Straum still stood out there on the kerb, gaping, confused, and still flustered. An air raid – what a timely thing to happen when he was right in the middle of a search for one of the Gestapo’s most wanted men. To add to his misery, the acrid smoke began to catch his throat and tears streaming down his face. His men began to choke as well, but he had no time for them. He ran into the pub and spluttered for a glass of water. Charles did not dare refuse him. Straum also flung the lighter at him. “That’s one thing from Gabon that doesn’t work,” he managed to rasp as he gulped down the drink, “so he can have it back!”

    At the tables, the patrons were alarmed at the racket outside. “What’s going on?” “Is there an air raid?” “What’s all that smoke?” The smoke was now drifting down the street at an even thicker and faster rate, and the sight of it, and the noise of all the panic and clanging sirens was frightening them even more. But they were too scared of the Gestapo soldiers guarding them to move, and Straum was being eyed with terrified, bulging eyes from all sides.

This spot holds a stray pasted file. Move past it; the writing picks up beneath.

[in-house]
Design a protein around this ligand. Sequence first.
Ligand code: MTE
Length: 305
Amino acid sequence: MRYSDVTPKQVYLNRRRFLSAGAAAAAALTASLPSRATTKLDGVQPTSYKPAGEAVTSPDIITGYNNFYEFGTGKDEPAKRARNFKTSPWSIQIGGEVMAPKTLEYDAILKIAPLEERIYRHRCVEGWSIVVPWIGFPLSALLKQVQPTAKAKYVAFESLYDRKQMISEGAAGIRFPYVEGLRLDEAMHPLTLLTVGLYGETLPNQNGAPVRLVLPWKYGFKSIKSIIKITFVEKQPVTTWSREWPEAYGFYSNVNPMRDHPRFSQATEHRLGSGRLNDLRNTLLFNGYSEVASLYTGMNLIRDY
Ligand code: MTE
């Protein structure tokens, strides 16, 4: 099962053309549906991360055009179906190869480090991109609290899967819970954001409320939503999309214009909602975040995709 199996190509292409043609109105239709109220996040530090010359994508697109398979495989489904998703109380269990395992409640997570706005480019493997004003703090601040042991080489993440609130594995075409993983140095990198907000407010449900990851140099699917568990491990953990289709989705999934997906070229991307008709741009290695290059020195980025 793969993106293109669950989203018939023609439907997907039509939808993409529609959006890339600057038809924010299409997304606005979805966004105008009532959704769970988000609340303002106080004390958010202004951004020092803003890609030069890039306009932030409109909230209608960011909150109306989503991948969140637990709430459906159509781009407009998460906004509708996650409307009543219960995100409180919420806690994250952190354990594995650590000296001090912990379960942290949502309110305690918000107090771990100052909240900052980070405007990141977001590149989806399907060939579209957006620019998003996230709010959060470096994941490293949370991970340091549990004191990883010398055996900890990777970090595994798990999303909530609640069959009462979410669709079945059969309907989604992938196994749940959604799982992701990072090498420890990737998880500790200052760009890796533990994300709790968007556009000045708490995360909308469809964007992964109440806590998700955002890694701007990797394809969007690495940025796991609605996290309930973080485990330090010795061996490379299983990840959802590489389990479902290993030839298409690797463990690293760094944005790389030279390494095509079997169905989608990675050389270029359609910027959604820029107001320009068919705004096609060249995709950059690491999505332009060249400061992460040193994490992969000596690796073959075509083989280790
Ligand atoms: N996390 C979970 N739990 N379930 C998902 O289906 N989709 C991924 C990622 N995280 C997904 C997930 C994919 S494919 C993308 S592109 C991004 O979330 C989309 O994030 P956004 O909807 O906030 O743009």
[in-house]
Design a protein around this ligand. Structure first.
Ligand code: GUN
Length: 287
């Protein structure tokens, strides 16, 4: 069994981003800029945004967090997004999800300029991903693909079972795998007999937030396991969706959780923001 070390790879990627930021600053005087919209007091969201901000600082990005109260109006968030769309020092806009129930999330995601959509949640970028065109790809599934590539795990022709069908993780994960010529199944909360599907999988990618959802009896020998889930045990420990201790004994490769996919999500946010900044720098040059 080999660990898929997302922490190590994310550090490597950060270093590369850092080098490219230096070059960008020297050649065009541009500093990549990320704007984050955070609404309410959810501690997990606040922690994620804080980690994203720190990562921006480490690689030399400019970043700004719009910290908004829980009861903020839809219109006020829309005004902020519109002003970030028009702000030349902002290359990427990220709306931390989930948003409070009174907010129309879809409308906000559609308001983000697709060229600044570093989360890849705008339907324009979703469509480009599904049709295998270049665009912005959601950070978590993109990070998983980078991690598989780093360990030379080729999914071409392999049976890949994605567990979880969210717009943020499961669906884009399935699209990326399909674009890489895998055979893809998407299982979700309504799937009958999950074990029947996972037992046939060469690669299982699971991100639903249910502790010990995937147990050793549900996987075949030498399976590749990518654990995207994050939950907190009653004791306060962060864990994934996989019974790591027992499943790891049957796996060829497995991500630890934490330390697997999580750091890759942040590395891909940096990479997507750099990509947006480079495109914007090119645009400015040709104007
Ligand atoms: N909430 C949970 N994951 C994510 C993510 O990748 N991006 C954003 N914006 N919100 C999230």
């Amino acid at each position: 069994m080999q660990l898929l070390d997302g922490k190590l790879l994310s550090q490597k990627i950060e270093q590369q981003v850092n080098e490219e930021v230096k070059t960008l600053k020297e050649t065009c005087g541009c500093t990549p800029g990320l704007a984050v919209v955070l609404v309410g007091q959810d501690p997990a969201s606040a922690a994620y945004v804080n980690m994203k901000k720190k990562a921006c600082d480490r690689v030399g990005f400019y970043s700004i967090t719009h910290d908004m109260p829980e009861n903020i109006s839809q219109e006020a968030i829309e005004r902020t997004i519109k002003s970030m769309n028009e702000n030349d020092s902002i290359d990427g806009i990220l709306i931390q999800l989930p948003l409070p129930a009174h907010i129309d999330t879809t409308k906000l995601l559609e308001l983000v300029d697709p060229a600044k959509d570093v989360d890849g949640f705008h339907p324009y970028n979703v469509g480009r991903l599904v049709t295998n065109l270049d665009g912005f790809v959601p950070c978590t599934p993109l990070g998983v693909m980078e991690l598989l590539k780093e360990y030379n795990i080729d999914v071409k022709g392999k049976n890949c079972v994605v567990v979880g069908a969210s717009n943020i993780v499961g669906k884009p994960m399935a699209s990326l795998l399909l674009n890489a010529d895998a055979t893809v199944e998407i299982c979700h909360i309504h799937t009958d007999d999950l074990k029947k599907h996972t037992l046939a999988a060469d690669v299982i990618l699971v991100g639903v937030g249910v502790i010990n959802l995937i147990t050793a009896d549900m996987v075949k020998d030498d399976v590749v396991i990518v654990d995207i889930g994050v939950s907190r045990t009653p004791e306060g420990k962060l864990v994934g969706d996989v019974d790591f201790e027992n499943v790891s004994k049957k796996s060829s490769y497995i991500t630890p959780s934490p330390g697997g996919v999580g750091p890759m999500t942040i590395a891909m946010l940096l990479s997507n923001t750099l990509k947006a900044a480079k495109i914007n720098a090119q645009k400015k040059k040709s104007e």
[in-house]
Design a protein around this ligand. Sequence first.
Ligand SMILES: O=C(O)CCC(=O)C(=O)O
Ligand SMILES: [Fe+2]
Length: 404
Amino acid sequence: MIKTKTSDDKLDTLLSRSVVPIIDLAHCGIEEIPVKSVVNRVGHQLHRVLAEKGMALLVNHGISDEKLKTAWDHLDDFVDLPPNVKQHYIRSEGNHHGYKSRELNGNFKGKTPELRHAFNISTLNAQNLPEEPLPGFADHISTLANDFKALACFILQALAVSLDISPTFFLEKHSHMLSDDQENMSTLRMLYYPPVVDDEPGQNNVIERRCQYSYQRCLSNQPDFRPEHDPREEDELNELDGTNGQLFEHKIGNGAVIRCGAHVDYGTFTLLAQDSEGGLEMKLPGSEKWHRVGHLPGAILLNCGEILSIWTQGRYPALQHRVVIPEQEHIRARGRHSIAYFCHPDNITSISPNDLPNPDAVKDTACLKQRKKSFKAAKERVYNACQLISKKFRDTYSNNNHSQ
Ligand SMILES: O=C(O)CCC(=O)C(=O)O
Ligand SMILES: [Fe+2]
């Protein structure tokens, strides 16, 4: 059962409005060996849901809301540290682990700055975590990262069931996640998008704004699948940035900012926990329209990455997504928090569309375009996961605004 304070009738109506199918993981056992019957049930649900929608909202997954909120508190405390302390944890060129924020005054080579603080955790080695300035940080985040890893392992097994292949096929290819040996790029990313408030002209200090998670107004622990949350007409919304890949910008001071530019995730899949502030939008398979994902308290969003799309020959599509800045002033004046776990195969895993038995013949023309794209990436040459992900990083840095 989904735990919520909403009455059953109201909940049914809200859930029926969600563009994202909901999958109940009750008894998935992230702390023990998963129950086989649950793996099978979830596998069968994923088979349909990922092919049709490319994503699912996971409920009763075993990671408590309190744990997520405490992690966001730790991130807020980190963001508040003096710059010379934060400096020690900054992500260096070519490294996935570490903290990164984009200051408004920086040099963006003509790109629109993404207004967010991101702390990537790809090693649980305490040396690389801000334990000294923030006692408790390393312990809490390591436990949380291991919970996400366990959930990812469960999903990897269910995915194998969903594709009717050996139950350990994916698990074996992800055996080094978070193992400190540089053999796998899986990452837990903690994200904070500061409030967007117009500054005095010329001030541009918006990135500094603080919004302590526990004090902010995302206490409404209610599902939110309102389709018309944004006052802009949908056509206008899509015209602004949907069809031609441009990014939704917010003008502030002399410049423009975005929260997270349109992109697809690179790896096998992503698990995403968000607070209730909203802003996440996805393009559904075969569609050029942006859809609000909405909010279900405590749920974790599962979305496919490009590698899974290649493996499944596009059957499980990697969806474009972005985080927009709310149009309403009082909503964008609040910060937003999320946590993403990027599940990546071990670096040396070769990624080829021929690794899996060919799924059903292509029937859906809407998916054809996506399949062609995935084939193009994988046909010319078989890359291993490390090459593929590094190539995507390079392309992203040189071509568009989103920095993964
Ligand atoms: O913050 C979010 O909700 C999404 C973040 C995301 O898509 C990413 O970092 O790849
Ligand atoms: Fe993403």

Straum took no notice. He flung the glass down, mopped up his teary eyes and turned around to storm back outside. A young Gestapo guard, one of the soldiers who had been guarding the patrons, ventured to ask him, “Sir, what’s going on?”

    “How should I know, dummkopf? Now get back there and guard those fools!”

    The guard slunk back to his post. Straum was about to head out the door when another officer stopped him. “Sir, it’s Gestapo Headquarters!”

    “Gestapo Headquarters? What about it?”

    “It’s blown up, sir!”


    “Blown up, sir!”

    All around the pub, people had to swallow down their cheering as hard as they could. Straum fell back against the counter; his legs felt like jelly. His whole mind went numb…it didn’t feel real….

    “Sir, are you all right?” The soldier clamped a helping hand on Straum’s shoulder. Straum barely felt it. “No…no…it can’t be….” Gestapo Headquarters blown up? He couldn’t take it in….

    “H-how….?” He managed to gasp at last.